Haircuts once sparked meltdowns for 8-year-old Michael Flores, while also creating loads of stress for his mom, Joan. But thanks to one special barber, getting a trim has gone from crisis-inducing to comforting.
Michael has autism, and from his first haircut until very recently, even the mention of one caused tears and screaming. Joan Flores began cutting her son’s hair herself to try to make the process easier, but even this elicited stress.
When her older son, David, began visiting Freddy Tineo at Bladez Barbershop in Vernon, New Jersey, Flores thought she might be able to take Michael there without incident.
And it worked.
“[Tineo] talked to him and made him laugh,” says Flores. “He has this way about him. He jokes. I can’t even pinpoint it. When Michael seems to be getting a little upset in the chair, [Tineo] jokes with him.”
For almost two years, Tineo has been cutting Michael’s hair without incident, which comes as a huge relief to Flores. Tineo says he doesn’t treat Michael any differently than any other kid. He says he just acts like a big kid, which might be why he and Michael fostered a friendship.
“I sat him in the chair and gave him a high five,” he says. “I developed something with this kid and I really like him.”
When Flores realized her family’s July move to Virginia Beach would mean that 8-year-old Michael could no longer receive haircuts from Tineo, she panicked. She posted a status update on Facebook: “If I had unlimited funds I would fly Freddy back and forth just to cut Michael’s hair.”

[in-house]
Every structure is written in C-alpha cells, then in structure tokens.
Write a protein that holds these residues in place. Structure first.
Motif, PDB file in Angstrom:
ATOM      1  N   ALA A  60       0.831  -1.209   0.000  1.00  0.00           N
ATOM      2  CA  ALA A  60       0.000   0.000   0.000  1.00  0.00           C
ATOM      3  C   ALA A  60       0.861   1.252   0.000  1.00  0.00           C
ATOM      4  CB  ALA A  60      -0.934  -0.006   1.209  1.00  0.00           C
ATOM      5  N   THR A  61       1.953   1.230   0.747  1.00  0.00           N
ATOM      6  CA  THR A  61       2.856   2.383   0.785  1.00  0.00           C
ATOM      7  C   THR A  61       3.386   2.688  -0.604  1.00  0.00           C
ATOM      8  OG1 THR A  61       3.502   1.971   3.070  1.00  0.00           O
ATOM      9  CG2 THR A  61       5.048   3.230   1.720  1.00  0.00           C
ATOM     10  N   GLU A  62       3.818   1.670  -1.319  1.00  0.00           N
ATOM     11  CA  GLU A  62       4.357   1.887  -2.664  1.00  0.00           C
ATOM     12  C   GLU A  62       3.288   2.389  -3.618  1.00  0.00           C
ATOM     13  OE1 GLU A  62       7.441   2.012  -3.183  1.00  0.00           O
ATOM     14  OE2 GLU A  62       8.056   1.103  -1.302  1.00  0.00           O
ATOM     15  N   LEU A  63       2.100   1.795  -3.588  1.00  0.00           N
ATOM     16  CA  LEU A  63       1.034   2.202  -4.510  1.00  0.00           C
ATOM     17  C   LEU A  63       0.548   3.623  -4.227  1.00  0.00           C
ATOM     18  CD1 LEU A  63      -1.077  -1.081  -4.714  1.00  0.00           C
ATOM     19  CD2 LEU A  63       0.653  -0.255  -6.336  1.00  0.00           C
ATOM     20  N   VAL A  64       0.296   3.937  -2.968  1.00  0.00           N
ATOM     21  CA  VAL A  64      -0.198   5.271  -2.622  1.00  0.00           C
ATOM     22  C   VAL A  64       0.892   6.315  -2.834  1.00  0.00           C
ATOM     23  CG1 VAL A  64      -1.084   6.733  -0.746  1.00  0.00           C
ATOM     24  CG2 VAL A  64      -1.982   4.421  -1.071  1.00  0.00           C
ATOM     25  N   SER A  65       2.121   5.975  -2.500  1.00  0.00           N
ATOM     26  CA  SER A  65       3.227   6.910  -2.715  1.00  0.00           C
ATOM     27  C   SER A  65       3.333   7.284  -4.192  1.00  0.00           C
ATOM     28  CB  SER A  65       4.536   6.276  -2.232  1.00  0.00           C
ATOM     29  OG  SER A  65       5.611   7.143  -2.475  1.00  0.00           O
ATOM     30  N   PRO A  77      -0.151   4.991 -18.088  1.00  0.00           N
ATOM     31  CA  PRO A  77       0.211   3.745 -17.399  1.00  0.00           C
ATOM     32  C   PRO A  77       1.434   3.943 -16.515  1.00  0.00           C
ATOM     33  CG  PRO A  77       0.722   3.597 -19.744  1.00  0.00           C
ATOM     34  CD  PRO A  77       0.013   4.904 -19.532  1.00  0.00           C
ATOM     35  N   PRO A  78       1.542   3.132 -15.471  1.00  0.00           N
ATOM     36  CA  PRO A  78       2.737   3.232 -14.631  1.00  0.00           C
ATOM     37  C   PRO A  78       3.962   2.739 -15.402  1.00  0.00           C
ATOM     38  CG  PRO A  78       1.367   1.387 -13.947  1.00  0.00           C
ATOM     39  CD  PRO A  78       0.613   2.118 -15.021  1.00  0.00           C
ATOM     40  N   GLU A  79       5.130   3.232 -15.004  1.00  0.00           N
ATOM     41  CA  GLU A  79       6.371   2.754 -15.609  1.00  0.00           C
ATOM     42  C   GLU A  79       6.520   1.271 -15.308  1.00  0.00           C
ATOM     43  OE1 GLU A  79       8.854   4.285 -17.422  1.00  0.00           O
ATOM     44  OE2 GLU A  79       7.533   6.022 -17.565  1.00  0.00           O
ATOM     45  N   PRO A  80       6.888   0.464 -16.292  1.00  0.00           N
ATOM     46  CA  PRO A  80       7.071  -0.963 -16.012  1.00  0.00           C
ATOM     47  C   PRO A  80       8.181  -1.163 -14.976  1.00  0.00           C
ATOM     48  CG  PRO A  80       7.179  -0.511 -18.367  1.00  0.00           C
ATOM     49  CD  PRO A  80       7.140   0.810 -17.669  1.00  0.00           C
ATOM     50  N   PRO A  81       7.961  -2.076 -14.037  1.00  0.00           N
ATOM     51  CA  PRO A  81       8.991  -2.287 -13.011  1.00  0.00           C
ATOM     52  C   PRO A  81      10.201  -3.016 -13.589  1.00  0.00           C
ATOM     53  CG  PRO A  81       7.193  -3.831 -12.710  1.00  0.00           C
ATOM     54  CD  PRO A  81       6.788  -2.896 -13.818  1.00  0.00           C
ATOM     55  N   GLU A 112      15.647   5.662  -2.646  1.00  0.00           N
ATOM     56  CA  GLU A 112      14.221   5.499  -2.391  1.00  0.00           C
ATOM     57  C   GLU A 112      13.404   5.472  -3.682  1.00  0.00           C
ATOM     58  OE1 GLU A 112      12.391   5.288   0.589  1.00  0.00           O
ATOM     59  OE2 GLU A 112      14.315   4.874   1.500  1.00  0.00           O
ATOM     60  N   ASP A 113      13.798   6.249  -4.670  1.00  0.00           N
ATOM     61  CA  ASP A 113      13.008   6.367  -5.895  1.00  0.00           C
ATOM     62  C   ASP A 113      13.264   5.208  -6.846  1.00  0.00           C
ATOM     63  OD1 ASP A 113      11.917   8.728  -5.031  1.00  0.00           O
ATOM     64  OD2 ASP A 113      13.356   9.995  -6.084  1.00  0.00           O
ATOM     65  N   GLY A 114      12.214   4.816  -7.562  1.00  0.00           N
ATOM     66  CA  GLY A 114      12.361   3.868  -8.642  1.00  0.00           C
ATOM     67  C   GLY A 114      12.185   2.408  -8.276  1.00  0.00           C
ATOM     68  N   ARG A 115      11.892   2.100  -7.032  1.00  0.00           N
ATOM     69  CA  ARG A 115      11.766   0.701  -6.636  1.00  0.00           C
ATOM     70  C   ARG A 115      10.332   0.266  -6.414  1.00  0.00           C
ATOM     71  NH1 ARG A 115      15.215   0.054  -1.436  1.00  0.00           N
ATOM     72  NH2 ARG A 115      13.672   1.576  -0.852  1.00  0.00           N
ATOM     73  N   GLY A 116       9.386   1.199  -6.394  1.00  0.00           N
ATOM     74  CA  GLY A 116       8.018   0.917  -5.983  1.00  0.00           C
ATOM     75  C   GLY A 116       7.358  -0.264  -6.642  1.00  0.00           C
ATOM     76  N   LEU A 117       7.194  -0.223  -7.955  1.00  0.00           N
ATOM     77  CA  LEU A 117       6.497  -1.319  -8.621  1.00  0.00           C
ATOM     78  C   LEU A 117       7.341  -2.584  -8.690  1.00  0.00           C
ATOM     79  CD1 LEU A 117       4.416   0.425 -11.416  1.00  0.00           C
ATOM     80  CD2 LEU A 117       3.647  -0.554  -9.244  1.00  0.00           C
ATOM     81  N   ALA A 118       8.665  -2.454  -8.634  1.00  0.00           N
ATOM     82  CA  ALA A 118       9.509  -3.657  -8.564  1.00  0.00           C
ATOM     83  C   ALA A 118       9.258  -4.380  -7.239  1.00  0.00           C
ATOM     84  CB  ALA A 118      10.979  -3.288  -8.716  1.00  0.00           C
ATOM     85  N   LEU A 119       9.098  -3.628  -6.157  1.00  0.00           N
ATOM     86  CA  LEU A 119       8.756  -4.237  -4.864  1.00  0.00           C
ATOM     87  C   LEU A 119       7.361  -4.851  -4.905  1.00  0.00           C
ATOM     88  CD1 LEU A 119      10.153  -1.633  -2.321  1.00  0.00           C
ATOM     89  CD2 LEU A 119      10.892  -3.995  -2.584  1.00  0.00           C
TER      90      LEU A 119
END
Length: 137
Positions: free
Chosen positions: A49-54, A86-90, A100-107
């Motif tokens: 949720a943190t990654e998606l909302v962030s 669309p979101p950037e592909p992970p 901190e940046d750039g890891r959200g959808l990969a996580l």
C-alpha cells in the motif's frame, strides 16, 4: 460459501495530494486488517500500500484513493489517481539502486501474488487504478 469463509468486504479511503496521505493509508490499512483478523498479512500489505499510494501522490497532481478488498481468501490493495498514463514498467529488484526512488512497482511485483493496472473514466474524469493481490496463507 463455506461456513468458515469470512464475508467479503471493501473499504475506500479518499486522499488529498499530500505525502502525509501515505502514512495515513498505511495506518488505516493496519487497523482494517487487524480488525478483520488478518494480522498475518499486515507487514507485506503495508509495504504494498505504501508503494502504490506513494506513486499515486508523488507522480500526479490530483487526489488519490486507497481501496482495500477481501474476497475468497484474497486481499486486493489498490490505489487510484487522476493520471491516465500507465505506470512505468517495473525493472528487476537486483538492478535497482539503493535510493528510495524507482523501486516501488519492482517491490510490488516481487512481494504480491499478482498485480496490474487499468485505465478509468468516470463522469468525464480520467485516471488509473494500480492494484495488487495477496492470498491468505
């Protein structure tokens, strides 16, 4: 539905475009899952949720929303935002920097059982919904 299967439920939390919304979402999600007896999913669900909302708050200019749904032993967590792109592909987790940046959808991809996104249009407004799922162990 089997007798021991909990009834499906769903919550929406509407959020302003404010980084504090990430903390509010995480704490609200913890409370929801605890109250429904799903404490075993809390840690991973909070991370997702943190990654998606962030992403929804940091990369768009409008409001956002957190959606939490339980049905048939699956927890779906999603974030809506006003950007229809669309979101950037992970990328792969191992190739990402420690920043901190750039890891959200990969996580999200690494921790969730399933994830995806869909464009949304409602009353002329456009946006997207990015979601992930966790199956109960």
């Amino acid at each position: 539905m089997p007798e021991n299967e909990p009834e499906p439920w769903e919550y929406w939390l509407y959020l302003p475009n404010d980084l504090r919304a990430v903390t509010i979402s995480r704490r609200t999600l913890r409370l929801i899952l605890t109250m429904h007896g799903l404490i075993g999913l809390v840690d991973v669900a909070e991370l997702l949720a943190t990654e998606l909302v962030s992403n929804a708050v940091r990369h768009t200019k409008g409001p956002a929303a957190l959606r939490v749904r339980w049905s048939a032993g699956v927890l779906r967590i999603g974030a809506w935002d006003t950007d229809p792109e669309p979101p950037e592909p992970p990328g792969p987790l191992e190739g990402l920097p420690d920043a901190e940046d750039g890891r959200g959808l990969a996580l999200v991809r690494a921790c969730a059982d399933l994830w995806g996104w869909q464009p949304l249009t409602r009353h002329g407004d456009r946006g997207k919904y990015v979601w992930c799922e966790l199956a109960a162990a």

Even though Flores and Tineo were Facebook friends, she had no idea the impact her message would have on him.
“I didn’t know how important [the haircuts were] to her as a parent until she posted something on Facebook. That really did something to me,” Tineo says. “I remember reading the post and talking to my wife [and saying] ‘I think I am going to fly there and cut his hair.'”
His wife, Chaquira, said she’d join him and they began putting aside money for the trip. When Tineo told Flores, she was shocked.
“Honestly, I thought he was joking,” she says.
Stunned, she kept asking him if he was joking. She even sent him a message on Facebook to ask if he was serious.
“I didn’t even think it was a big deal,” says Tineo. “Am I really that important to the family? That, to me, is important on its own.”
Tineo plans on flying down a week before Michael begins school to trim his hair. The barber hopes he will also be able to visit before Christmas to give the boy another haircut.
“It is pretty amazing how they feel about it,” says Tineo. “If it is going to mean that much by all means count me in.”
Flores, who blogged about her experience, feels touched that someone would offer such a gift.
“I can’t say enough about him to make you understand how big of a deal what he offered to do for us is,” she says. “It floored me, the kindness. I don’t even know how to repay him for something like that. Because it means the world to me and it is going to mean the world to [Michael].”